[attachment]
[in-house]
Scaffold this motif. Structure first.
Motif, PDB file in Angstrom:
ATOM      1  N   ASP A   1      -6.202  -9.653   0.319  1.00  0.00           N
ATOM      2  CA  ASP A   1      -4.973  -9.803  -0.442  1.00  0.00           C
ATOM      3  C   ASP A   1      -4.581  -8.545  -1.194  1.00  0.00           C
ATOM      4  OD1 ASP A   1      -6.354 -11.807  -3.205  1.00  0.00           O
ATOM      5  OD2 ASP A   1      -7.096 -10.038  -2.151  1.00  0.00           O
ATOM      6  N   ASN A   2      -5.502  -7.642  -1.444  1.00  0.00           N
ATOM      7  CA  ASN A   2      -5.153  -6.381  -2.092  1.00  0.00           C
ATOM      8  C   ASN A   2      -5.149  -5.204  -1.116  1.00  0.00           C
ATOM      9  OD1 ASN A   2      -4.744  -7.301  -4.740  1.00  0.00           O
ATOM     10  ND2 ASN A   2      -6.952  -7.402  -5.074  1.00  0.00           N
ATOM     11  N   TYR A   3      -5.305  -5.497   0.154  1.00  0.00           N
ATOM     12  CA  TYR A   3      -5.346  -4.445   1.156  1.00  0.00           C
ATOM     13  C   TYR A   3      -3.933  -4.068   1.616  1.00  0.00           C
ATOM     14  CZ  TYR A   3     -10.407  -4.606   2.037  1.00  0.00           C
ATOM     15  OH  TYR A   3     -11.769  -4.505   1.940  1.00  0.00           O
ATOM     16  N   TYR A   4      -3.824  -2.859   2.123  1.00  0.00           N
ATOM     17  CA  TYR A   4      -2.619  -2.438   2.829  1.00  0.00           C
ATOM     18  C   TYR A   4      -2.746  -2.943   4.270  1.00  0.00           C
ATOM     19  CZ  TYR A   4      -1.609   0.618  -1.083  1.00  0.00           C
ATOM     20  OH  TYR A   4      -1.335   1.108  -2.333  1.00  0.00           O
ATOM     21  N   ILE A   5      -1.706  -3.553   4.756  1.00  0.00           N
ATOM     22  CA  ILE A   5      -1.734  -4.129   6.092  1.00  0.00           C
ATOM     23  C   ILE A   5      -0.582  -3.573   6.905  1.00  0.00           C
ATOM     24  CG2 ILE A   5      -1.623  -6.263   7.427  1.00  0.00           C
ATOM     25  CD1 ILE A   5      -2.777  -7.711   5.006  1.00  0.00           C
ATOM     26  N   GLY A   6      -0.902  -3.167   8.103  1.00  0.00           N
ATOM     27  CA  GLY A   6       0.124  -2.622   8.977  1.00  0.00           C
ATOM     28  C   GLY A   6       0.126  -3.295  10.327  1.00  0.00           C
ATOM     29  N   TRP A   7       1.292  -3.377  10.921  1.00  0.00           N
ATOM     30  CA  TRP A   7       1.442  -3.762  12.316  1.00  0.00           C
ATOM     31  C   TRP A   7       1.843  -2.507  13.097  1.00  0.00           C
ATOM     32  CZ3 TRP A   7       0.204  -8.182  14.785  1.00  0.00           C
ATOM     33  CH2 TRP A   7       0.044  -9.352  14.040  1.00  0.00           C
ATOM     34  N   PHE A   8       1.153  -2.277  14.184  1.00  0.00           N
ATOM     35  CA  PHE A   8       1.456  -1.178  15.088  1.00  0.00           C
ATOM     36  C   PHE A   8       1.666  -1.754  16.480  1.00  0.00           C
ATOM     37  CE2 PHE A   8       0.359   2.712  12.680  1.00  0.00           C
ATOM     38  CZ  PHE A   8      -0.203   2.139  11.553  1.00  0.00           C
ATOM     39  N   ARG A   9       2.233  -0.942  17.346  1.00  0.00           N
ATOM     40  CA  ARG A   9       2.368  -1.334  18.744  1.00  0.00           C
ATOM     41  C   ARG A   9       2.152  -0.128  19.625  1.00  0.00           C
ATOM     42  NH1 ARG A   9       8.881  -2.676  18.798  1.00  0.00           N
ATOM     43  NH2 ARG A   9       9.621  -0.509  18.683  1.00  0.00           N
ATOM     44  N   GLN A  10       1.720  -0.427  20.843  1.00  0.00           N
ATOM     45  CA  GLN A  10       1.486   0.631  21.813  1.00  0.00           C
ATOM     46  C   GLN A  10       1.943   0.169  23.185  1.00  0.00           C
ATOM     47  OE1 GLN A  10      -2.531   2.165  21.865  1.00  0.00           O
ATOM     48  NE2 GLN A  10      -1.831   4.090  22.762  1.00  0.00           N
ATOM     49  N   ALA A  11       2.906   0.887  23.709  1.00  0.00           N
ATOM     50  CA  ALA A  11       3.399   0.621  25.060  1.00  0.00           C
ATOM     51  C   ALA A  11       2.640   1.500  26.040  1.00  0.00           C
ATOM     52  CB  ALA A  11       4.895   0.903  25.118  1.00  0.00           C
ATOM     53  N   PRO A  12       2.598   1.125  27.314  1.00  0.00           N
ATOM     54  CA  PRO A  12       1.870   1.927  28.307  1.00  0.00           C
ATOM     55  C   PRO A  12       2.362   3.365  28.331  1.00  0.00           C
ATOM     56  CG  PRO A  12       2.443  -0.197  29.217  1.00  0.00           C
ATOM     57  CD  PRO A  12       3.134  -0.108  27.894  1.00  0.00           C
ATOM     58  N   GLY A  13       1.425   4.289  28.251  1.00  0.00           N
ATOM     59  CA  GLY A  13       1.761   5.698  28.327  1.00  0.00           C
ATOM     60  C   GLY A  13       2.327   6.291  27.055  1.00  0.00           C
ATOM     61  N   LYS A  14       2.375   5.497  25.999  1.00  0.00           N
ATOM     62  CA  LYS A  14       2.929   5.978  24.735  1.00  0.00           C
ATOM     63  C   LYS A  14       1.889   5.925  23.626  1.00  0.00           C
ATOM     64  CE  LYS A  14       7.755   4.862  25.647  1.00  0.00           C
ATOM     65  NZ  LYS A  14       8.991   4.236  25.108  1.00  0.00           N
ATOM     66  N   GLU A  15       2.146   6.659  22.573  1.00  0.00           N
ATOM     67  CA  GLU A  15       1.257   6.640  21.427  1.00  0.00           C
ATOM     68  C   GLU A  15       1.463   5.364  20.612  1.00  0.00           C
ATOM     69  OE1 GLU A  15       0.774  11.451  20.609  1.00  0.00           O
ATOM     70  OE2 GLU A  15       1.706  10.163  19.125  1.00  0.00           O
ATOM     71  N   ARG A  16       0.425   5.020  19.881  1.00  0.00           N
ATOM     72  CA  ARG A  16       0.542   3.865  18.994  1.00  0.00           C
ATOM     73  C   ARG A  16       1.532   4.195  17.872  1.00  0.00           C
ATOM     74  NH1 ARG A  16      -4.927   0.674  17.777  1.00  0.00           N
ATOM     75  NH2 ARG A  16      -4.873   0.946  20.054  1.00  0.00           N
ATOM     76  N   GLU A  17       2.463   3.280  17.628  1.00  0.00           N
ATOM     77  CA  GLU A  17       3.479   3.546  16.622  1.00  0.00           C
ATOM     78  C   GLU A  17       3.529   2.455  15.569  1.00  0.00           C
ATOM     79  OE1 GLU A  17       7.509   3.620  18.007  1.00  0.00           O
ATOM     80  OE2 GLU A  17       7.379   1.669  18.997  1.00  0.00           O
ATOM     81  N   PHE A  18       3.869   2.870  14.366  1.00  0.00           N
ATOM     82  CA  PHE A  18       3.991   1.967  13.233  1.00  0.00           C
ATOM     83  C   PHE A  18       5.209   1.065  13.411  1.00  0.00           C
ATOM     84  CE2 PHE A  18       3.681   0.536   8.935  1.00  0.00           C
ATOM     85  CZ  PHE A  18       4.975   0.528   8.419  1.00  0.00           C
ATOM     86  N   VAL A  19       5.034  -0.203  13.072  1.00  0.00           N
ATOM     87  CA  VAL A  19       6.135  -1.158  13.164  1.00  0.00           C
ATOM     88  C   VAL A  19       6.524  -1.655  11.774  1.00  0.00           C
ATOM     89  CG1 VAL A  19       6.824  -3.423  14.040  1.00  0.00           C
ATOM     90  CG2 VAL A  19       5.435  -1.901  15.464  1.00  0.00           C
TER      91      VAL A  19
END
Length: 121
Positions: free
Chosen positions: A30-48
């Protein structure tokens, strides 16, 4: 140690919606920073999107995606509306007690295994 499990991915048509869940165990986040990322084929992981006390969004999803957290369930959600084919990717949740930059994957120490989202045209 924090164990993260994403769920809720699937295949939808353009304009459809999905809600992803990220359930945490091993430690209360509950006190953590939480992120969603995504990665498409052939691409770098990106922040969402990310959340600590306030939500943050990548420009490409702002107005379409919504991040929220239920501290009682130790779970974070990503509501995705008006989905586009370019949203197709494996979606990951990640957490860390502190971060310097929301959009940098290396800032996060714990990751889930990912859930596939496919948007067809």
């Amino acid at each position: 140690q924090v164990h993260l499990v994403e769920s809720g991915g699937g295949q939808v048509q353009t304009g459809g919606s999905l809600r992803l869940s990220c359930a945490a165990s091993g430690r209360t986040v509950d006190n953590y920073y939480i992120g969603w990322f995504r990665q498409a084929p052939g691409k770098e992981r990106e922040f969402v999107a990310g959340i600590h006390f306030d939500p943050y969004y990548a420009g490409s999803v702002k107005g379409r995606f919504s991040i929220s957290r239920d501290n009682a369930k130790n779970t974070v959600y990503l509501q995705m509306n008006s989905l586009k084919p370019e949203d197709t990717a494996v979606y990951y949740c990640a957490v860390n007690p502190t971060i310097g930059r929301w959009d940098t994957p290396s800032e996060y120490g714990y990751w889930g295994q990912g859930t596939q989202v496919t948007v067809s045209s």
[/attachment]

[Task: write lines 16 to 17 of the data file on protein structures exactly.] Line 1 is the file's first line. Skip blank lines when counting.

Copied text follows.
ATOM     13  C   TYR A   3      -3.933  -4.068   1.616  1.00  0.00           C
ATOM     14  CZ  TYR A   3     -10.407  -4.606   2.037  1.00  0.00           C